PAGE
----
Due to the wet weather here in New York there are some fields that will not get planted in either corn or soybeans as it will be too late for them to mature. I still want to plant something that will be a late season attractant for hunting in these areas. My thoughts are to put in wheat and/or oats at a very late date so it does not get too tall and lose its attractiveness for the deer. At what height is winter wheat or oats most attractive to deer? I will try to time it right on planting based on what you recommend for maximum height. Is there a better option? I know clover will work, but they don’t have great luck for late season. Brassicas are good but more costly than wheat or oats.
I like wheat as most forage varieties are more cold hardy than oats. Wheat fertilized appropriately is very palatable to deer and nutritious while it’s in the vegetative stage. Once wheat begins to produce a stem, it decreases in both palatability and nutrition. However, this occurs during the late spring, usually when other types of forage are available. If you are leaving these areas as plots, it might be worth considering planting clover with the wheat. Clover won’t be very productive during the first fall after it’s planted, but usually adds lots of biomass during the spring and is very attractive to both deer and turkey. Clover is tough to kill with glyphosate, so if the plan is to return these fields to Round-up Ready soybeans or corn, I would suggestion not establishing clover.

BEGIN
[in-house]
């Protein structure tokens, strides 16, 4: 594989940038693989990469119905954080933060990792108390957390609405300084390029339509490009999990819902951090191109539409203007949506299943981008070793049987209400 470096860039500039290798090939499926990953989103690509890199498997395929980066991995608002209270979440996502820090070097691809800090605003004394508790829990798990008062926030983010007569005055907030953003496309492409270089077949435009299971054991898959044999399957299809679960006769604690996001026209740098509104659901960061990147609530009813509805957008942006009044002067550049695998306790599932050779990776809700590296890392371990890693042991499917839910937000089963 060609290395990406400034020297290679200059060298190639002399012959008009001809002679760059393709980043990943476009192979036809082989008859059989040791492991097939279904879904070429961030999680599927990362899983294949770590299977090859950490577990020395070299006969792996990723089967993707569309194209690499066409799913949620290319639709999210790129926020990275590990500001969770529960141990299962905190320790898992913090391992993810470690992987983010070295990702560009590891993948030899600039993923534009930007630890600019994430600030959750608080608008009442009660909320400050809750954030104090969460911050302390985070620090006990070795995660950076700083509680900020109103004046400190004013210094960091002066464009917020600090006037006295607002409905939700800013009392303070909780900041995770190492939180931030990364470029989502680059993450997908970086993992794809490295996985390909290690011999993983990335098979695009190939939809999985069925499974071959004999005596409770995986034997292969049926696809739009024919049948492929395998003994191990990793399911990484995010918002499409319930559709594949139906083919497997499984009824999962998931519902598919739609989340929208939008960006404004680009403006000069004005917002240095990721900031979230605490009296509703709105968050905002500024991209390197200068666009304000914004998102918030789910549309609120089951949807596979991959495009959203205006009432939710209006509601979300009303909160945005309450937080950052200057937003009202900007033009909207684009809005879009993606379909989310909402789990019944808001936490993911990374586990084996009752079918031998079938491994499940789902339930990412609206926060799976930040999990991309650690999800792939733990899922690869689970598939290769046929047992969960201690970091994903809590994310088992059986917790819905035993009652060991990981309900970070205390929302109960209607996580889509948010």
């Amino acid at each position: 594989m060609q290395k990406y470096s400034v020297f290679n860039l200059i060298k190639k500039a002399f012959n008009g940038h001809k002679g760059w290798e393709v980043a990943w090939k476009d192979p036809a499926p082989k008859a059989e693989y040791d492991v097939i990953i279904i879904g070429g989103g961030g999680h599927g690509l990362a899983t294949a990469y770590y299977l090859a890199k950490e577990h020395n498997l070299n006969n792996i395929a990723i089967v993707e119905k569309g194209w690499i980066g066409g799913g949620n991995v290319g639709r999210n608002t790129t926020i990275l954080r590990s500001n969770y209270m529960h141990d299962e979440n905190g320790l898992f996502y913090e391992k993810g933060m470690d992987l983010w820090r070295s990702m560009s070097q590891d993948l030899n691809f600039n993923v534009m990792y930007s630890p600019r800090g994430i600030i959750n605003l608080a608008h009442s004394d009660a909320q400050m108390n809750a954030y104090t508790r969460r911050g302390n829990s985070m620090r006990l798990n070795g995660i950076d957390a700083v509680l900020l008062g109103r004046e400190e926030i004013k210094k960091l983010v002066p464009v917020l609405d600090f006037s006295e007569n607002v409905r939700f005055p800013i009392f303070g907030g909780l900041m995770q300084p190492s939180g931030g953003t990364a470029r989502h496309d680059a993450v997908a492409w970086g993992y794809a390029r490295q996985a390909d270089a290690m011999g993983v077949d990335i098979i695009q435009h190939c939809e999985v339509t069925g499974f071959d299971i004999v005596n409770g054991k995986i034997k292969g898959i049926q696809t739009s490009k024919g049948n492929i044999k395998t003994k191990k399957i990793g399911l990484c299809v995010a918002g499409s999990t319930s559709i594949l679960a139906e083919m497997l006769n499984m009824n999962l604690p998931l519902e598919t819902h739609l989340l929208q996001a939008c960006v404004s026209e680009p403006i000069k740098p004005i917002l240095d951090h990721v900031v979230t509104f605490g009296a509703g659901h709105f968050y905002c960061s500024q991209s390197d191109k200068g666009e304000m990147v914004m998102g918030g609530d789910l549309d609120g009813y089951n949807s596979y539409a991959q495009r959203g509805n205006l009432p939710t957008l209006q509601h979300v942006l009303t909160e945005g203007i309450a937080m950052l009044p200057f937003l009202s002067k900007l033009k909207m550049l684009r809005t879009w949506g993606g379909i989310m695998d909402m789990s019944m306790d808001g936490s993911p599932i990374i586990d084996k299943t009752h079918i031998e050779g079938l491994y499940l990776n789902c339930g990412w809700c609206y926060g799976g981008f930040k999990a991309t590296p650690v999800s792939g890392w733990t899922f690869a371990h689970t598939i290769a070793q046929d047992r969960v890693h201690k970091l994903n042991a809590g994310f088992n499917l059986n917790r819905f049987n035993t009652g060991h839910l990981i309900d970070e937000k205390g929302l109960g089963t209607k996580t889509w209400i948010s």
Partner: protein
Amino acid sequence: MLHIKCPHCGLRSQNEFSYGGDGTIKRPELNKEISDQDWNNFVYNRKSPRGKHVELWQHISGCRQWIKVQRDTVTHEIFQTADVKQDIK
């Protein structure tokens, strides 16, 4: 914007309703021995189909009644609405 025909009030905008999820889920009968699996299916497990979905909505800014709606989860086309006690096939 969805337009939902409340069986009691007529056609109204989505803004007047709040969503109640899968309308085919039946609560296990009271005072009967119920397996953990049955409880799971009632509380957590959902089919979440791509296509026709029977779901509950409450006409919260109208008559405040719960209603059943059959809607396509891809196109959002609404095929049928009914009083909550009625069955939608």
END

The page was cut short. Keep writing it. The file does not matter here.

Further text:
Most forage brassicas are very cold hardy and palatable to deer, especially after a frost. If mixing with wheat, I typically only add a pound or two of brassicas to the blend per acre. Brassicas can be a great attractant during the mid and late hunting season. Appropriately fertilized wheat is a fine food plot crop, but such plots can usually be enhanced, especially in northern states, by the addition of some forage brassicas.
Growing Deer together,